State, rebels committed war crimes in Syria's Ghouta: UN report
In a report released Wednesday in Geneva, the Independent International Commission of Inquiry condemned the government siege on the suburbs known as eastern Ghouta, saying at least 265,000 individuals lived in the area during the longest running siege in modern history.
The Syrian government siege ended in April when government forces and their allies launched a crushing offensive to capture the area leaving hundreds of people dead.
The 23-page report urged all parties to the conflict in Syria to desist from resorting to sieges in the future, concluding they are characterized by war crimes.
The report details the events that led to its recapture by pro-Government forces in April this year, following a dramatically escalating military campaign.
Neighbourhoods suffered aerial and ground bombardments which claimed the lives of hundreds of Syrian men, women and children, the report notes, with numerous homes, markets and hospitals all but razed to the ground.
These indiscriminate, widespread and systematic bombardments and the act of deliberately attacking protected objects, amounted to war crimes, it continues. Commenting on the events in eastern Ghouta, Commission of Inquiry Chair, Paulo Pinheiro, condemned the civilian deaths as abhorrent.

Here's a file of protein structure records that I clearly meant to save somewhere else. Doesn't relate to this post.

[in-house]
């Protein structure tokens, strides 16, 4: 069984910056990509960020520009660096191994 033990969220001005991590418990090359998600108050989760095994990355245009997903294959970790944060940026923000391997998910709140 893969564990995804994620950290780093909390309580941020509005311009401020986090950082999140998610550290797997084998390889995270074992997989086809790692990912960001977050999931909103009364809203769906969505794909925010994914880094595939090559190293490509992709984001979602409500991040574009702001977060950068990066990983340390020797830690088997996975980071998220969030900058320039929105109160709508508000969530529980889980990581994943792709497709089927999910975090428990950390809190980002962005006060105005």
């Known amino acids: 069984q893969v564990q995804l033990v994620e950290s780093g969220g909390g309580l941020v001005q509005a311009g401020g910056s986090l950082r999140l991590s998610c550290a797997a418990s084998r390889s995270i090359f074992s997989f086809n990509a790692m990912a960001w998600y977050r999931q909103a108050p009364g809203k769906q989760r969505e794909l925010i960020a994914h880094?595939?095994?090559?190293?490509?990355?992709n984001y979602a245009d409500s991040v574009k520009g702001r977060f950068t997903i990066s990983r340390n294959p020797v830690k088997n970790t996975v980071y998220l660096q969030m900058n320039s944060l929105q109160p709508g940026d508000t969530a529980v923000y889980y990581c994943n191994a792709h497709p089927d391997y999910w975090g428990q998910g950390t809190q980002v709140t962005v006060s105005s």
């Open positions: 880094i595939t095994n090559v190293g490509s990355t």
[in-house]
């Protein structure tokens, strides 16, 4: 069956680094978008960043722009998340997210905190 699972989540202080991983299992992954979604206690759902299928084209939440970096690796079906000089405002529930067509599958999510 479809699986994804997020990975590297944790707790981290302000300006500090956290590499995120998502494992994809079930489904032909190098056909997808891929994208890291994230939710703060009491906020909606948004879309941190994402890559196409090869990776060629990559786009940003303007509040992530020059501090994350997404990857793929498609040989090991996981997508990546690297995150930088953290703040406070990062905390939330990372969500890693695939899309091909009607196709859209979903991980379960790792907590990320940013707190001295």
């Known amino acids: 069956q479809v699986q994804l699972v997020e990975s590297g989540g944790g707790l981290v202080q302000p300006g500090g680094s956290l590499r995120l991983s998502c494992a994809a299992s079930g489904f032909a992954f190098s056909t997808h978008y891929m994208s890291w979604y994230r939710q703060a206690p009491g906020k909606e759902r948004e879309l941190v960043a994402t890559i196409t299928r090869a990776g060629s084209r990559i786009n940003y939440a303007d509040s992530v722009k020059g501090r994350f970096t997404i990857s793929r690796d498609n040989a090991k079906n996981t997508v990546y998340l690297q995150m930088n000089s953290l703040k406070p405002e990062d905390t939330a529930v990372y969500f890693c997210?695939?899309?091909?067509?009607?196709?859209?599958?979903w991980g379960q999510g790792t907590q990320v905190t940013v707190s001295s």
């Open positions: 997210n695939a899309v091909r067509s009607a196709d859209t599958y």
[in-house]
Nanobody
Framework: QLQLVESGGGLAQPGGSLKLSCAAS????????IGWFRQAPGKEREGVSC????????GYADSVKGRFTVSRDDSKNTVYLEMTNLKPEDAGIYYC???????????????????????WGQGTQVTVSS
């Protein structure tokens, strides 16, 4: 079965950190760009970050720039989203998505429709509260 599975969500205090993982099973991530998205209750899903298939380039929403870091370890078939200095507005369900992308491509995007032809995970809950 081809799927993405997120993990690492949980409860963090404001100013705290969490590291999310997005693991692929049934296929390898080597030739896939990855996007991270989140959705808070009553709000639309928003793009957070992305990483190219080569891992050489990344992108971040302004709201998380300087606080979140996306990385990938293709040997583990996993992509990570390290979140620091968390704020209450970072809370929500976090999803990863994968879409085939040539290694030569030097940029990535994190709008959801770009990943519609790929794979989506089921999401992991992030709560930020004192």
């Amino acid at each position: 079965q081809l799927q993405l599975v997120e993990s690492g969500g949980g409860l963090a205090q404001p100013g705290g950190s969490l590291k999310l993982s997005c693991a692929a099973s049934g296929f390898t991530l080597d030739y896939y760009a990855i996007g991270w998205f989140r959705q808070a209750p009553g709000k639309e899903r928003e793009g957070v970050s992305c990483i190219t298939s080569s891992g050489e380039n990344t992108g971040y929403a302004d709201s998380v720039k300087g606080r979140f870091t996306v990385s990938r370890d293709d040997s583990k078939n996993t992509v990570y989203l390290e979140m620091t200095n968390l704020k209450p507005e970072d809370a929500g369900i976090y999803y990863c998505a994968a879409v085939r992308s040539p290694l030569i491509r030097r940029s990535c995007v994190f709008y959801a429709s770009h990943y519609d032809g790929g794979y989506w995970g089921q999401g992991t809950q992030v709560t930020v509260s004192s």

In addition to the deadly violence they faced, families were denied food and medicine, the veteran rights expert noted, before adding that no warring party acted to protect the civilian population during the last phase of the siege.
According to the report, between February and April this year, besieged armed groups and terrorist organizations based inside eastern Ghouta relentlessly fired unguided mortars into Damascus city and nearby areas, killing and maiming hundreds of Syrian civilians.
Insisting that there can be no justification for the indiscriminate shelling of inhabited areas, Commissioner Hanny Megally said that this, too, amounted to a war crime.
According to the report, by the time Government forces declared eastern Ghouta recaptured on 14 April, some 140,000 individuals had fled their homes and up to 50,000 were evacuated to Idlib and Aleppo governorates.
Tens of thousands of people have been unlawfully interned by Government forces in what the reports authors call managed sites in rural Damascus, which includes Ghouta.
Their number includes women and children, which is reprehensible, Commissioner Karen Koning AbuZayd said.
The report is scheduled to be formally presented next week, on 26 June, during an interactive dialogue at the current session of the Human Rights Council.
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